The folks over at NASA seem to have pulled yet another rabbit out of the proverbial hat, and this time around it would not involve sending a human being to space, but rather, to launch a satellite that will measure the average amount of CO2 above a location on Earth, which happens to be different from just about all of the other measurements of CO2. This particular satellite’s job is to collect such data that will assist the National Oceanic and Atmospheric Administration (NOAA) to be able to have a more accurate reading on the exact amount of carbon that is being released into the atmosphere.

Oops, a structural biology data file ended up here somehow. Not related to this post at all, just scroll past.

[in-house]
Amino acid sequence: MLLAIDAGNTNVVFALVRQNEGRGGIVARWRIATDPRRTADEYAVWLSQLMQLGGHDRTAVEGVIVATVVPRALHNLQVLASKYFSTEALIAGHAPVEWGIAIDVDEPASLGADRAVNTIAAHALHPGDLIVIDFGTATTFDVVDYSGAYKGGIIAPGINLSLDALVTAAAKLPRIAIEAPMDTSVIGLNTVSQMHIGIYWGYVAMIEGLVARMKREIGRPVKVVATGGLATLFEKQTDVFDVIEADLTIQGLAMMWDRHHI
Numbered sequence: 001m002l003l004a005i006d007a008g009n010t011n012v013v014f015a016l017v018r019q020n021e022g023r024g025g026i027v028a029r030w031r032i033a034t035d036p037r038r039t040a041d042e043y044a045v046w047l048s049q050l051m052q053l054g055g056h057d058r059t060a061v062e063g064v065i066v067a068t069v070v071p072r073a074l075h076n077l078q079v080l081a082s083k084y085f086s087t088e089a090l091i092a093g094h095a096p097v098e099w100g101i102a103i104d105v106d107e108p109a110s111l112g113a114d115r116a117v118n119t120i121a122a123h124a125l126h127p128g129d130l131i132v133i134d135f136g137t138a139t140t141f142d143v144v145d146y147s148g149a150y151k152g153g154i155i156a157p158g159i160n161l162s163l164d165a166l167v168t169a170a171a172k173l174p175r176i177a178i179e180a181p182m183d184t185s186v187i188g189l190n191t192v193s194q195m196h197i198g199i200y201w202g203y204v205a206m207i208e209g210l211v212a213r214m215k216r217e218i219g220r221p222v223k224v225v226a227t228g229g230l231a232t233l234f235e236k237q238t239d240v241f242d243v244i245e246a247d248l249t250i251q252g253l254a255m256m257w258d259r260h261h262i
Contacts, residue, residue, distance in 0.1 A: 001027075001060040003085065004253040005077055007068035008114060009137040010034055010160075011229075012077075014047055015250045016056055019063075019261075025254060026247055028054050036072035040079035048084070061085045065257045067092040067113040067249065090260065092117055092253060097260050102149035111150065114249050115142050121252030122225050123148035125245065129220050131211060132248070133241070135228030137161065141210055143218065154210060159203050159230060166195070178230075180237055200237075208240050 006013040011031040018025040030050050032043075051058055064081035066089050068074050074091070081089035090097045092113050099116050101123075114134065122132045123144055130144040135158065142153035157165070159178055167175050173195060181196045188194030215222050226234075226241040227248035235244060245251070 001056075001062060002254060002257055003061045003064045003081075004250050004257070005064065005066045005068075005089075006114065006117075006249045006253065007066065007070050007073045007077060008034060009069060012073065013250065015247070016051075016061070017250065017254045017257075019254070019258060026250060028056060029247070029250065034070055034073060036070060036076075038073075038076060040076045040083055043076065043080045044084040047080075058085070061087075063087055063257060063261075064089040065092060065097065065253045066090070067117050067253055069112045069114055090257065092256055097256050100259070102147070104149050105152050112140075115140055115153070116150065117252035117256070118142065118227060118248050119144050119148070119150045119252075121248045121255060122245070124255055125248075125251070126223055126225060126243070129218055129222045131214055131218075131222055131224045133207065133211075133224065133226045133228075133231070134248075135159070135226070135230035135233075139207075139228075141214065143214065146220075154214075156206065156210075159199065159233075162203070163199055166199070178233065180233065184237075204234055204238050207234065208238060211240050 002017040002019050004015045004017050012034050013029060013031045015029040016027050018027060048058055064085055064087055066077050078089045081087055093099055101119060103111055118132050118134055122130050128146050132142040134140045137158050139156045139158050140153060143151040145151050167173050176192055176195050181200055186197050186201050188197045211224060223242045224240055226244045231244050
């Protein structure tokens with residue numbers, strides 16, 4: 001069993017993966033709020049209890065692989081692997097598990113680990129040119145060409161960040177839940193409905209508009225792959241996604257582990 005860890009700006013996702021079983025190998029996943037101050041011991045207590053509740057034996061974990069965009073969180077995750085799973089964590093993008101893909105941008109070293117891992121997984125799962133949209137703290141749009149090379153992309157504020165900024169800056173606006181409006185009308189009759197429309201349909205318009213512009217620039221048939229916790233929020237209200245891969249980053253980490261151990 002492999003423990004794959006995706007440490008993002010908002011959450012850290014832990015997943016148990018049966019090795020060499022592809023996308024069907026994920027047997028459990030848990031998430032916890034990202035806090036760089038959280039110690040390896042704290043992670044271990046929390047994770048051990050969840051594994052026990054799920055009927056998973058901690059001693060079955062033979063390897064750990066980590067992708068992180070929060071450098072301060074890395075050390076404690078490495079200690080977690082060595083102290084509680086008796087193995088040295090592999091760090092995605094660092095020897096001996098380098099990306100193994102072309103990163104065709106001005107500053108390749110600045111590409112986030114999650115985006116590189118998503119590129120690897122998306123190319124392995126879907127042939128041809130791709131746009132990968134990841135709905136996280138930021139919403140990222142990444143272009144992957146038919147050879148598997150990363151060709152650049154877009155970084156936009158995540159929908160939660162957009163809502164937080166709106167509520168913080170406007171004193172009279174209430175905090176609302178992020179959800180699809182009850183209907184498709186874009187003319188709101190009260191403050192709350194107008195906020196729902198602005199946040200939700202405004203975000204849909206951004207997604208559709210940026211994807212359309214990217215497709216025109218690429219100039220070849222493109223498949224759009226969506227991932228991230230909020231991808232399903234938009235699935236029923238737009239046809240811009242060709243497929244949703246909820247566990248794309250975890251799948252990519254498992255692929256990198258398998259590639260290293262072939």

I guess you can more or less call this a peace time satellite, since that is all it does – measure CO2 up there in the atmosphere. Known as the Orbiting Carbon Observatory-2, or OCO-2 if you would like to save some breath, it will continuously orbit the Earth as it does its job, measuring and mapping carbon emissions along the way. Since approximately half of the carbon that rises into the atmosphere will fall back to Earth before being absorbed, the OCO-2 intends to assist scientists in studying this process so that climatologists will be able to gain a better understanding on how oceans, soils and forests play their roles when it comes to releasing and absorbing carbon dioxide.
All the best to this $465 million mission!
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